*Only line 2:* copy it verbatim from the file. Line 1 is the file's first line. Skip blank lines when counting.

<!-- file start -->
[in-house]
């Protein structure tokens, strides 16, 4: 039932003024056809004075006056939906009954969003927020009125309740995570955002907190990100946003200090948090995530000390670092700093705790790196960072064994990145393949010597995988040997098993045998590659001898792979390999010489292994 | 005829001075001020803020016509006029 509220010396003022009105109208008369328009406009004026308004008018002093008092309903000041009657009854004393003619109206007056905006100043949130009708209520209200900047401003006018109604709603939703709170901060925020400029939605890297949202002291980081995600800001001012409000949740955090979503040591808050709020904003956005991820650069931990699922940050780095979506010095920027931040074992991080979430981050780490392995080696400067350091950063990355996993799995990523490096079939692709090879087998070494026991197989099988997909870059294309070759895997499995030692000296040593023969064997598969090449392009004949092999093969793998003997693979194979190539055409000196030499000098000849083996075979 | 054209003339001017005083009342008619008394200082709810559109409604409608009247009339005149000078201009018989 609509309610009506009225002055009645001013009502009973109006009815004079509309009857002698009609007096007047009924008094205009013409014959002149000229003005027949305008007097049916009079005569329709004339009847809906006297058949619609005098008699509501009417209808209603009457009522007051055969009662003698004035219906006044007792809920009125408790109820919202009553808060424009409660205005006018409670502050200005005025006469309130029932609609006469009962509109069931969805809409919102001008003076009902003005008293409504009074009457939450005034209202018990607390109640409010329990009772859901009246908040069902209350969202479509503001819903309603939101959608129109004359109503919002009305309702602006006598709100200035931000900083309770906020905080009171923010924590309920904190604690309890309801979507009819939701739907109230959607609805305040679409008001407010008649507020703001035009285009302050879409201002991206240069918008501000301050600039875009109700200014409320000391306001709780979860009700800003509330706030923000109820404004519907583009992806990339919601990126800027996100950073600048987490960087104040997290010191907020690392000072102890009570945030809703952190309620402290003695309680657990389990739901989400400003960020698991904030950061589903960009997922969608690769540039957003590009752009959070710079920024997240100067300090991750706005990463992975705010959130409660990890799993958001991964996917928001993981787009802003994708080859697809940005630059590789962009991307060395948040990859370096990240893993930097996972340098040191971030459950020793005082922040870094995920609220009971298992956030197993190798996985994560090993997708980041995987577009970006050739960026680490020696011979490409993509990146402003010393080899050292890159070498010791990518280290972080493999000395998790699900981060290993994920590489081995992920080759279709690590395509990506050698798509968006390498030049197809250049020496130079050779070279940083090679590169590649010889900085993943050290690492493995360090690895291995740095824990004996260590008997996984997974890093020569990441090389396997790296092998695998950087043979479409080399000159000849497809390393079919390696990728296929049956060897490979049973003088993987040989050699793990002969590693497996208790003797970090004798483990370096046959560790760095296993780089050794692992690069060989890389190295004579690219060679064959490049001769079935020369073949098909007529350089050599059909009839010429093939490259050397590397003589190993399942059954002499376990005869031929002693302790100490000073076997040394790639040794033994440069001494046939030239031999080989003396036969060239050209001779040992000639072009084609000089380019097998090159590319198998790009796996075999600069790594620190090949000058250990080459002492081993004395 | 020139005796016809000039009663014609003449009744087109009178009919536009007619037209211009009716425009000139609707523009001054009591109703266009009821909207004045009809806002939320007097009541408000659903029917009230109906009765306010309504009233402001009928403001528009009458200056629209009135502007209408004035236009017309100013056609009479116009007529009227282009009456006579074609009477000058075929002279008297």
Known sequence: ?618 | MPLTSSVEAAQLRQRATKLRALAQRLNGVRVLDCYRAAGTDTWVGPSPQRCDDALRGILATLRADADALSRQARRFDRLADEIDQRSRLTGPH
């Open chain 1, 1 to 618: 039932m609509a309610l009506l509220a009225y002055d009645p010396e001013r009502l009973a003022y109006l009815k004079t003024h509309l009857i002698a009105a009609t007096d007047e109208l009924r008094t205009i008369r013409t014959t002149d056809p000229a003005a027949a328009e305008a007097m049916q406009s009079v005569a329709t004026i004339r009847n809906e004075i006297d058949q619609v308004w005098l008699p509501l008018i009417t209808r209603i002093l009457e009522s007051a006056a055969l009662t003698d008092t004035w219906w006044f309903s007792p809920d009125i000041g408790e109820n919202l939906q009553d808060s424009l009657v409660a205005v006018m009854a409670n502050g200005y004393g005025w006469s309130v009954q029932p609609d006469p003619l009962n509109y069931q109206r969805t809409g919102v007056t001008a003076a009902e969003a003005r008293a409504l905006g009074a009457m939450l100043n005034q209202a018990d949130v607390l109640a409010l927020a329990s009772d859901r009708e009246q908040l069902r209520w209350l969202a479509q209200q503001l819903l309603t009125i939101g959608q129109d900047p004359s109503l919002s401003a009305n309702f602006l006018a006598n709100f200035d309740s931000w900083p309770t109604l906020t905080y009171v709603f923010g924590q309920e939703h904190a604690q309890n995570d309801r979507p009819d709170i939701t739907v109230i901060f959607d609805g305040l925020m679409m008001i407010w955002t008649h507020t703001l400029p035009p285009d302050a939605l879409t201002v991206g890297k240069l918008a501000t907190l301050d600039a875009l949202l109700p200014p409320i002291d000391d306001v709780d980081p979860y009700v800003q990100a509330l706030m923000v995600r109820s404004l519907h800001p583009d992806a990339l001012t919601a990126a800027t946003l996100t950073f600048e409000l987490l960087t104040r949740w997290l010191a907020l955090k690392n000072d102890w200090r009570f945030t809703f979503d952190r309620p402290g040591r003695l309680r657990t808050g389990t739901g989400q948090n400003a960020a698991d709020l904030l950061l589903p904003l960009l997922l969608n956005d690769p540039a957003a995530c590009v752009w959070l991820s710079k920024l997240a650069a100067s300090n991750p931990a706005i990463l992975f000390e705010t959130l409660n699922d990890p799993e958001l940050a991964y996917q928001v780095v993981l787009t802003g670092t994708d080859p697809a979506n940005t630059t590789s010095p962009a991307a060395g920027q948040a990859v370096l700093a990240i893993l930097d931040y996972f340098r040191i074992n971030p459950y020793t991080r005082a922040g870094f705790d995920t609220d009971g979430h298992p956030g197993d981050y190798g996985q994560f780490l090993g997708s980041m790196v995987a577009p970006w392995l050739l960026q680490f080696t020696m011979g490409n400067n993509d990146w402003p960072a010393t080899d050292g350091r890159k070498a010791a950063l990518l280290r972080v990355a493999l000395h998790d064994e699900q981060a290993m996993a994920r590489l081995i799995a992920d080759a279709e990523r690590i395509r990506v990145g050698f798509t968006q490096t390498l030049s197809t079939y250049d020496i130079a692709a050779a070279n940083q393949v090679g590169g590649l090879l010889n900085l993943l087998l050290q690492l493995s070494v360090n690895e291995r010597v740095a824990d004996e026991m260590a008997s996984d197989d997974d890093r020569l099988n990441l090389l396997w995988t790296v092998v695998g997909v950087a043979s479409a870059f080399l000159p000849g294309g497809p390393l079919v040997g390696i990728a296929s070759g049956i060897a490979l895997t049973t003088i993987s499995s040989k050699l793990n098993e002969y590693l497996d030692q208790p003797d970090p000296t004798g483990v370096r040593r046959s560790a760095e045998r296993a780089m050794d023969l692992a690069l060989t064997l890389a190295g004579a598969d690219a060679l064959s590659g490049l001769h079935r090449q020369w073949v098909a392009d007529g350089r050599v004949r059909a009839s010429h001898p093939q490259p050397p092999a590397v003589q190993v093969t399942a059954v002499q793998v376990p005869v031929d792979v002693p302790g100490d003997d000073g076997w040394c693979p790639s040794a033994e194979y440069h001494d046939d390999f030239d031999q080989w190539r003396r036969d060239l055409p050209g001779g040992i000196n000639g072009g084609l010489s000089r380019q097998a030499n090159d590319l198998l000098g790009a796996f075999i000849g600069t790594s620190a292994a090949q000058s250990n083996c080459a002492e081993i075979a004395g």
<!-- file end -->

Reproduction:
């Protein structure tokens, strides 16, 4: 039932003024056809004075006056939906009954969003927020009125309740995570955002907190990100946003200090948090995530000390670092700093705790790196960072064994990145393949010597995988040997098993045998590659001898792979390999010489292994 | 005829001075001020803020016509006029 509220010396003022009105109208008369328009406009004026308004008018002093008092309903000041009657009854004393003619109206007056905006100043949130009708209520209200900047401003006018109604709603939703709170901060925020400029939605890297949202002291980081995600800001001012409000949740955090979503040591808050709020904003956005991820650069931990699922940050780095979506010095920027931040074992991080979430981050780490392995080696400067350091950063990355996993799995990523490096079939692709090879087998070494026991197989099988997909870059294309070759895997499995030692000296040593023969064997598969090449392009004949092999093969793998003997693979194979190539055409000196030499000098000849083996075979 | 054209003339001017005083009342008619008394200082709810559109409604409608009247009339005149000078201009018989 609509309610009506009225002055009645001013009502009973109006009815004079509309009857002698009609007096007047009924008094205009013409014959002149000229003005027949305008007097049916009079005569329709004339009847809906006297058949619609005098008699509501009417209808209603009457009522007051055969009662003698004035219906006044007792809920009125408790109820919202009553808060424009409660205005006018409670502050200005005025006469309130029932609609006469009962509109069931969805809409919102001008003076009902003005008293409504009074009457939450005034209202018990607390109640409010329990009772859901009246908040069902209350969202479509503001819903309603939101959608129109004359109503919002009305309702602006006598709100200035931000900083309770906020905080009171923010924590309920904190604690309890309801979507009819939701739907109230959607609805305040679409008001407010008649507020703001035009285009302050879409201002991206240069918008501000301050600039875009109700200014409320000391306001709780979860009700800003509330706030923000109820404004519907583009992806990339919601990126800027996100950073600048987490960087104040997290010191907020690392000072102890009570945030809703952190309620402290003695309680657990389990739901989400400003960020698991904030950061589903960009997922969608690769540039957003590009752009959070710079920024997240100067300090991750706005990463992975705010959130409660990890799993958001991964996917928001993981787009802003994708080859697809940005630059590789962009991307060395948040990859370096990240893993930097996972340098040191971030459950020793005082922040870094995920609220009971298992956030197993190798996985994560090993997708980041995987577009970006050739960026680490020696011979490409993509990146402003010393080899050292890159070498010791990518280290972080493999000395998790699900981060290993994920590489081995992920080759279709690590395509990506050698798509968006390498030049197809250049020496130079050779070279940083090679590169590649010889900085993943050290690492493995360090690895291995740095824990004996260590008997996984997974890093020569990441090389396997790296092998695998950087043979479409080399000159000849497809390393079919390696990728296929049956060897490979049973003088993987040989050699793990002969590693497996208790003797970090004798483990370096046959560790760095296993780089050794692992690069060989890389190295004579690219060679064959490049001769079935020369073949098909007529350089050599059909009839010429093939490259050397590397003589190993399942059954002499376990005869031929002693302790100490000073076997040394790639040794033994440069001494046939030239031999080989003396036969060239050209001779040992000639072009084609000089380019097998090159590319198998790009796996075999600069790594620190090949000058250990080459002492081993004395 | 020139005796016809000039009663014609003449009744087109009178009919536009007619037209211009009716425009000139609707523009001054009591109703266009009821909207004045009809806002939320007097009541408000659903029917009230109906009765306010309504009233402001009928403001528009009458200056629209009135502007209408004035236009017309100013056609009479116009007529009227282009009456006579074609009477000058075929002279008297």